Diabetes can lead to chronic complications caused by unregulated blood glucose level. Later complications are caused by a common underlying disorder which in turn causes progressive vasoconstriction.


Why do diabetics experience eyesight difficulties?

Diabetes affecting eyesight is directly related to progressive microangiopathy. The most common eyesight issues are retinopathy, maculopathy and cataract. Retinopathy is caused by damaged blood vessels and retina. Two main causes are elevated blood glucose level and high blood pressure. The symptoms are often absent or they develop slowly; that is the reason why deterioration of eyesight is not evident. Every diabetic must have his or her eyes checked on a regular basis.


Maculopathy (macular edema) is swelling of the macula (highly pigmented yellow spot near the center of the retina). It is the spot where the vision is the sharpest and in which one focuses sight. Maculopathy does not necessarily lead to blindness, but it can cause cloudy vision, issues with night vision and distorted vision. Cataract is a clouding of the lens which consists of water and proteins. Coagulation of proteins prevents rays of light from reaching the retina which causes eyesight issues. It can be fully recovered by lens replacement surgery. Classic symptoms include cloudy vision, frequent diopter change, “rings” around source of light and issues with night vision.


What is polyneuropathy?

It is a neurological disorder that affects many nerve cells, regardless of the nerve they pass through. It often afflicts legs (distal polyneuropathy), and the classic symptoms include numbness of feet and legs, muscle spasms, oversensitivity of the skin (painful sensation caused by blanket and sensation of pricking), unsteady balance, insensitivity to heat, dry skin and sores. It can also affect nerves in arms, as well as cranial nerves, which in turn can cause further motor disturbances and vision issues.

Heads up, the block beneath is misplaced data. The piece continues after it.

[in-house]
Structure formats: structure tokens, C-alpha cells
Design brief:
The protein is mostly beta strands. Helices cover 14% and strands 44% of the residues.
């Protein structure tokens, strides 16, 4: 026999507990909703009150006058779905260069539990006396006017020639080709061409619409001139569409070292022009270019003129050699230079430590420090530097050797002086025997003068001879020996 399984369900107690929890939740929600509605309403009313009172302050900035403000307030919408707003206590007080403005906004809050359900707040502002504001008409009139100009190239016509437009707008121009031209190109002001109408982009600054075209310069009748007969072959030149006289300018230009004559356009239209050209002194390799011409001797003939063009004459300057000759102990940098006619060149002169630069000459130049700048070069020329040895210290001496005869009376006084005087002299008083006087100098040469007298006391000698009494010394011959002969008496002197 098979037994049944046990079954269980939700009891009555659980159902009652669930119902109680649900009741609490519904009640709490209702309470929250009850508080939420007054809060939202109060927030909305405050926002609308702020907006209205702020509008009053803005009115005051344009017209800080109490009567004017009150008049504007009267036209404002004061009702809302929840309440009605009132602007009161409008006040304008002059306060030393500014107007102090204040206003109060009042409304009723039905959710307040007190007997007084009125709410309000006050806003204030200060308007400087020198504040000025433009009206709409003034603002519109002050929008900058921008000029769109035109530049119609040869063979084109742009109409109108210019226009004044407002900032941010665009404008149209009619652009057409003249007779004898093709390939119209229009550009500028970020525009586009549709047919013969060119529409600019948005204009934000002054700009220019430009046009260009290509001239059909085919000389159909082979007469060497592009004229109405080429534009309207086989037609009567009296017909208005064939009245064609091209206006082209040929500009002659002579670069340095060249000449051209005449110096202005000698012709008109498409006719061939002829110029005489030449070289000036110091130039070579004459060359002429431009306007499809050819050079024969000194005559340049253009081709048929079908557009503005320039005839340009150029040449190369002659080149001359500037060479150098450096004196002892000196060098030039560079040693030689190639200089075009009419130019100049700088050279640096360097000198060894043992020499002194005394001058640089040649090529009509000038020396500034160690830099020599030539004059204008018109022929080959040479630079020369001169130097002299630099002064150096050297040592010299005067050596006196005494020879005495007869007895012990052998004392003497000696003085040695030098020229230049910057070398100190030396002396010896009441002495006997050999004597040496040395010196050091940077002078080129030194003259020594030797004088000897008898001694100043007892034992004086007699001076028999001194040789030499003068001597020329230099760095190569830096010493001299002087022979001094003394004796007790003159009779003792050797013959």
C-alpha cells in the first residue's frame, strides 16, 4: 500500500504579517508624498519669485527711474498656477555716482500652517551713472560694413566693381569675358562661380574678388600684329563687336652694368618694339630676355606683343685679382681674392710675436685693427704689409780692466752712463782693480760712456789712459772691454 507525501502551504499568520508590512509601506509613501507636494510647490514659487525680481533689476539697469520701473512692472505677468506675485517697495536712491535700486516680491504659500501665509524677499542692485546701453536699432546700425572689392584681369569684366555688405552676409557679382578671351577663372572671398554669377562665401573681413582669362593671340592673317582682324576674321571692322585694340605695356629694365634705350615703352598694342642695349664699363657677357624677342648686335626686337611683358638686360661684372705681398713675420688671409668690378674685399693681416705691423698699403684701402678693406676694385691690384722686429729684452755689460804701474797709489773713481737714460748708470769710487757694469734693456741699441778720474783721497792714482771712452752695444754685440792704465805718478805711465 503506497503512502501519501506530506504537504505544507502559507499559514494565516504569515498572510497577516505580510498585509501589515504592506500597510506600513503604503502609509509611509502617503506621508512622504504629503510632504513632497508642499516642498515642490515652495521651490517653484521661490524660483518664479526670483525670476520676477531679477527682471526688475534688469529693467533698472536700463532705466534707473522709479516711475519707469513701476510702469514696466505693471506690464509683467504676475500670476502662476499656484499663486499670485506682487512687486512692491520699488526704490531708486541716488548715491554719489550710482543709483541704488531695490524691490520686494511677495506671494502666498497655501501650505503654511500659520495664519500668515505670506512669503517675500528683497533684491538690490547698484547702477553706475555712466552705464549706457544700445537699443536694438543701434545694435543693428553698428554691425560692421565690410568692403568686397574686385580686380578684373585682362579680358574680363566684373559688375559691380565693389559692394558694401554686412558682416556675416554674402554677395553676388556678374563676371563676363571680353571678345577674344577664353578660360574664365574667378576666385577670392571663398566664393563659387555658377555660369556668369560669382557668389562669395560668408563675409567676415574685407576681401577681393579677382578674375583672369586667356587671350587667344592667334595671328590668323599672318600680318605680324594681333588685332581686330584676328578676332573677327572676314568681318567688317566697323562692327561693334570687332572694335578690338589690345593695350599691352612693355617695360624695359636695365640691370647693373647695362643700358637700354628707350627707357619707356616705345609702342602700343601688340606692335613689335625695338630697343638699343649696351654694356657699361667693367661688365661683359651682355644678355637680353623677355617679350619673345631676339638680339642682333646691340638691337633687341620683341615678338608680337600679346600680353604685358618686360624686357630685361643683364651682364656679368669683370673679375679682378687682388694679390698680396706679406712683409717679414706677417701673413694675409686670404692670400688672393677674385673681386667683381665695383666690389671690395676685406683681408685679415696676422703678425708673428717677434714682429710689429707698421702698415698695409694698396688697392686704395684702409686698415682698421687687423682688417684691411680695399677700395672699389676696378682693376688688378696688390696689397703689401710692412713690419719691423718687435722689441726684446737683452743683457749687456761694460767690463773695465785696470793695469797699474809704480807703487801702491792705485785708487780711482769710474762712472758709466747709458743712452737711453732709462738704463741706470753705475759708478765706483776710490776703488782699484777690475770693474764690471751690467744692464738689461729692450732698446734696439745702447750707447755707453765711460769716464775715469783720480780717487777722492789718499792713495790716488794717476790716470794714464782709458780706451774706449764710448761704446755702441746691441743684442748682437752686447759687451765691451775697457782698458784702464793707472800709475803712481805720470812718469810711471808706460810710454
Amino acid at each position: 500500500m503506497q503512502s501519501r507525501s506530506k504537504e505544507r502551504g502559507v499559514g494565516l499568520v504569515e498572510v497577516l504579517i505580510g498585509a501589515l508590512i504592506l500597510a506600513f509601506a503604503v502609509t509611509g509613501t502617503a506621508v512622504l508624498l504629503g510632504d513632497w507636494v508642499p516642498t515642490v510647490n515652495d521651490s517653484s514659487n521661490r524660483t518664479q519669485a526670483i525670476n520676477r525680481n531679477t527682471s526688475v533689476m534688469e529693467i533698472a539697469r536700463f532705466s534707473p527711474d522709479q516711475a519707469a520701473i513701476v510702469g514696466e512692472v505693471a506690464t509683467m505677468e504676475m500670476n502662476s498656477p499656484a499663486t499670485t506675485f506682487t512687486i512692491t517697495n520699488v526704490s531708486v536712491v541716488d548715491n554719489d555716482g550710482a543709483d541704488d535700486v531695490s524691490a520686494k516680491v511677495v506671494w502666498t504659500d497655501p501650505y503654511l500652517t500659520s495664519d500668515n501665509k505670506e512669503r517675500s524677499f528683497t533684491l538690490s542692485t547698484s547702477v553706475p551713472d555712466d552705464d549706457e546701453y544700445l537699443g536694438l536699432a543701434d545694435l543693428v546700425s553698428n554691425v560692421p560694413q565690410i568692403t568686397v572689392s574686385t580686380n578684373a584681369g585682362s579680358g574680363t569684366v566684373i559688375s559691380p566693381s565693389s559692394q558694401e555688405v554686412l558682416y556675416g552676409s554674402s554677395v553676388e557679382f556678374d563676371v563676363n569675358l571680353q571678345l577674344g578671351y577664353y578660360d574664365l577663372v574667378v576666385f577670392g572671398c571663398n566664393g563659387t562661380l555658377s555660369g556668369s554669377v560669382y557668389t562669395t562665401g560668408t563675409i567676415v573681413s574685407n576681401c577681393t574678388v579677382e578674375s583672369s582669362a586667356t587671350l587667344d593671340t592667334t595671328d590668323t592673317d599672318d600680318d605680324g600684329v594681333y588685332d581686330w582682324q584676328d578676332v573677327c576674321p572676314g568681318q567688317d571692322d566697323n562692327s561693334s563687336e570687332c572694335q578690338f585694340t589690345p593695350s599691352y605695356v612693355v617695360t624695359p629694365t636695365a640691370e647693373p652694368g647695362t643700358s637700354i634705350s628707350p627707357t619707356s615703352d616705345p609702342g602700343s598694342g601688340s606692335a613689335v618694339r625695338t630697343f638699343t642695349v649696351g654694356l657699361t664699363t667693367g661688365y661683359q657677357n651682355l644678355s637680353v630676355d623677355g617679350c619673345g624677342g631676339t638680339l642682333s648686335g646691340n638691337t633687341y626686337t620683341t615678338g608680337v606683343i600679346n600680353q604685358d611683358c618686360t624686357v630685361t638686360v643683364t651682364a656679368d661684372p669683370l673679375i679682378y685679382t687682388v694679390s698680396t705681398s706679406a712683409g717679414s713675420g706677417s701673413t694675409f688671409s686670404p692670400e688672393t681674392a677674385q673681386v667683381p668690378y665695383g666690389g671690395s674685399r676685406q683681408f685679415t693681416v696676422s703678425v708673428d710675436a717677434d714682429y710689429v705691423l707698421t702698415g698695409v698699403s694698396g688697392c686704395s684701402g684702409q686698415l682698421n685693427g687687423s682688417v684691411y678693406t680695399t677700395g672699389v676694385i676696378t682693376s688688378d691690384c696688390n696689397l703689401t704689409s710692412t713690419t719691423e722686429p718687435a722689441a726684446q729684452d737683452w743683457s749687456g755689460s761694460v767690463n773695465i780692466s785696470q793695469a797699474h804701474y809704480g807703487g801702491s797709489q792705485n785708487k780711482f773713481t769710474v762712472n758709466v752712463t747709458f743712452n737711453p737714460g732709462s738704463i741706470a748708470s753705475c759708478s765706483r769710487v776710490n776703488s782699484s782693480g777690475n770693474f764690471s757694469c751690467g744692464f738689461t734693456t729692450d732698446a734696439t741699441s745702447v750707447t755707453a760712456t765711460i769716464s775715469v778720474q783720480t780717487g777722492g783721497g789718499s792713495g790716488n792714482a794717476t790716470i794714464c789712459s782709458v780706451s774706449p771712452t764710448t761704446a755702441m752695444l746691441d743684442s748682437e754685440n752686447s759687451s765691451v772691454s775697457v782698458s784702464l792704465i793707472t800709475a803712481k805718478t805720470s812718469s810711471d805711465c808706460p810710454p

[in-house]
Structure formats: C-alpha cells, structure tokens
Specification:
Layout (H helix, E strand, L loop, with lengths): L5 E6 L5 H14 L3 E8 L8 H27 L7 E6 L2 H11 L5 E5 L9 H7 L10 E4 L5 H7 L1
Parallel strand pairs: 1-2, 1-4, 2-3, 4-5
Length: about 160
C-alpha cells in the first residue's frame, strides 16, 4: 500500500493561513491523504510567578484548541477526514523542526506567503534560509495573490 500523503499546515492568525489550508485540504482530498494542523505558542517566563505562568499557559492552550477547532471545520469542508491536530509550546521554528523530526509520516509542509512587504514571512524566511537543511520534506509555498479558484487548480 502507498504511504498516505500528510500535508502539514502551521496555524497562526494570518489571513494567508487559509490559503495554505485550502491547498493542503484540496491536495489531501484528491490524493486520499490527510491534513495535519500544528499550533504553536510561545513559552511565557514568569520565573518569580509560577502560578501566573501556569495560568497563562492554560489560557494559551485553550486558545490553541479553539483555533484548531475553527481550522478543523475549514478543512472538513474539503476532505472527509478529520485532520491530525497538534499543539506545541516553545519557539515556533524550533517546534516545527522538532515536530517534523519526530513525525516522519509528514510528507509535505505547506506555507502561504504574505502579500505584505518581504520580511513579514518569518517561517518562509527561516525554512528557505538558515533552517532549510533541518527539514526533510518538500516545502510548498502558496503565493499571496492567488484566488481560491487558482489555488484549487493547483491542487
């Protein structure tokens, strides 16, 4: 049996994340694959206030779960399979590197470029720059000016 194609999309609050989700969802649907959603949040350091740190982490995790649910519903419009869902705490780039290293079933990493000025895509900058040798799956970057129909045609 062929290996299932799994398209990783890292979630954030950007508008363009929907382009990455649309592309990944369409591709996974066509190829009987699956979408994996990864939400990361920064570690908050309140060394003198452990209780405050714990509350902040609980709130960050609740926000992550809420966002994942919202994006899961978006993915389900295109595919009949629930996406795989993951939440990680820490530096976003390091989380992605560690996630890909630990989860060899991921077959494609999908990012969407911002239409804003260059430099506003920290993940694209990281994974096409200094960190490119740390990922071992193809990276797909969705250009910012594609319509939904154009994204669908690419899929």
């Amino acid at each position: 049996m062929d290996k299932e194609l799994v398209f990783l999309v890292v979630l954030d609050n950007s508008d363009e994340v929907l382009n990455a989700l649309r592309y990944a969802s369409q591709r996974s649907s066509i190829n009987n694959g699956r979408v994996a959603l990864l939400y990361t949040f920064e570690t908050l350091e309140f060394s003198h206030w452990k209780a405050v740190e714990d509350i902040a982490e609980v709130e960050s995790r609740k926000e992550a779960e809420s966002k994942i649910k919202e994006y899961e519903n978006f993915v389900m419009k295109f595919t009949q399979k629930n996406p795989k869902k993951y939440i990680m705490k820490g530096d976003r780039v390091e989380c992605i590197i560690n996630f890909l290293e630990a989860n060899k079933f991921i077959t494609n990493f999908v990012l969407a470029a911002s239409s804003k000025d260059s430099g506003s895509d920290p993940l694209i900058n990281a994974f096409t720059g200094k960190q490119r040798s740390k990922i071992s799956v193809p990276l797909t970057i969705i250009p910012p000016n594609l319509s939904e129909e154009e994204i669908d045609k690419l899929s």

Does diabetes affect kidneys and vascular system?

Like the other complications, diabetic nephropathy has slow onset that lasts for a few years and in different stages. It is more common among Type 1 diabetics, but since Type 2 diabetics comprise a much bigger portion of the overall affected population, nephropathy is the most common complication. Around 25% of patients receiving dialysis treatment are diabetics, and kidney failure risk is seven times more probable with the Type 2 diabetes patients (in comparison with healthy persons).


Diabetes also affects large blood vessels, such as heart and brain vessels, as well as peripheral blood vessels. Fat settling points (caused by elevated level of body fat in blood and high blood pressure, often symptoms suffered by diabetics) lead to changes on blood vessel walls. Vasoconstriction further causes decreased blood circulation and weaker nutrient supply. The most common complication that stems from these symptoms are various vascular diseases of peripheral body parts (especially legs) that can lead to gangrene and often even amputation; that outcome is 15-40 times greater for diabetics than for the general population.




Diabetes hides a few more dangers

Find out more about the hidden dangers of diabetes in this brochure – complications with organs such as the eyes, kidneys and the cardiovascular system.

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